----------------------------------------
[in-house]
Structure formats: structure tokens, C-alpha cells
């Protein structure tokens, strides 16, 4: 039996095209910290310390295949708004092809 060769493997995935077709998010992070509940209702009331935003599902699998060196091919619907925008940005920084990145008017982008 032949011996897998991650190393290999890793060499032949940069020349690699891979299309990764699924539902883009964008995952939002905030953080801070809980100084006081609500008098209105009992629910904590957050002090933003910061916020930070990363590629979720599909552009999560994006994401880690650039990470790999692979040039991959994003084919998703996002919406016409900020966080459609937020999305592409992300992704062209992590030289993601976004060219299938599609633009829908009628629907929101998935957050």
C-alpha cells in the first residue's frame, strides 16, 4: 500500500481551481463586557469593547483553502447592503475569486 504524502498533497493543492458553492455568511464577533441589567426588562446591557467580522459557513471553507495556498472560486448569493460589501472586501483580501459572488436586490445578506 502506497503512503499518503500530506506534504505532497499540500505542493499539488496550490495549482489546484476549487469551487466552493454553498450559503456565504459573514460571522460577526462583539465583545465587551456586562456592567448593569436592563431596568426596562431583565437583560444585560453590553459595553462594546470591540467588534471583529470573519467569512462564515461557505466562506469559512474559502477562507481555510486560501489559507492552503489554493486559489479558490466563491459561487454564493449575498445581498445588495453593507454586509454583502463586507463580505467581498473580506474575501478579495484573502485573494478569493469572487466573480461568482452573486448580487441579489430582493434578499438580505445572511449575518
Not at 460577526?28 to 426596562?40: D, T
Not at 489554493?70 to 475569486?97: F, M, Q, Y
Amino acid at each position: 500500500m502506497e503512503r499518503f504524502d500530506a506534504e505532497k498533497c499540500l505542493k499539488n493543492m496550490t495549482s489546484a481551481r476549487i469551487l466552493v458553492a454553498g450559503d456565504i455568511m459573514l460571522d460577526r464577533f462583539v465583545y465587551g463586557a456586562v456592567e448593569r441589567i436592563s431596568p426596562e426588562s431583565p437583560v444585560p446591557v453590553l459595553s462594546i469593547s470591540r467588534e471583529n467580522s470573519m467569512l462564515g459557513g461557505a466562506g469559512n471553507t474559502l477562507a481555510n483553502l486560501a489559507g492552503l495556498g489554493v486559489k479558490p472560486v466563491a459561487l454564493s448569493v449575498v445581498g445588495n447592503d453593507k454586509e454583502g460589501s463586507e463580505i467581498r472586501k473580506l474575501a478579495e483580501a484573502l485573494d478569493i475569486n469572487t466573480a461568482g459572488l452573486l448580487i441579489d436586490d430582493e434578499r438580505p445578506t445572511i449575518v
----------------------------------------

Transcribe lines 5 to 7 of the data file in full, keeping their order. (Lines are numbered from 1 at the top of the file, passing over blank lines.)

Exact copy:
Not at 460577526?28 to 426596562?40: D, T
Not at 489554493?70 to 475569486?97: F, M, Q, Y
Amino acid at each position: 500500500m502506497e503512503r499518503f504524502d500530506a506534504e505532497k498533497c499540500l505542493k499539488n493543492m496550490t495549482s489546484a481551481r476549487i469551487l466552493v458553492a454553498g450559503d456565504i455568511m459573514l460571522d460577526r464577533f462583539v465583545y465587551g463586557a456586562v456592567e448593569r441589567i436592563s431596568p426596562e426588562s431583565p437583560v444585560p446591557v453590553l459595553s462594546i469593547s470591540r467588534e471583529n467580522s470573519m467569512l462564515g459557513g461557505a466562506g469559512n471553507t474559502l477562507a481555510n483553502l486560501a489559507g492552503l495556498g489554493v486559489k479558490p472560486v466563491a459561487l454564493s448569493v449575498v445581498g445588495n447592503d453593507k454586509e454583502g460589501s463586507e463580505i467581498r472586501k473580506l474575501a478579495e483580501a484573502l485573494d478569493i475569486n469572487t466573480a461568482g459572488l452573486l448580487i441579489d436586490d430582493e434578499r438580505p445578506t445572511i449575518v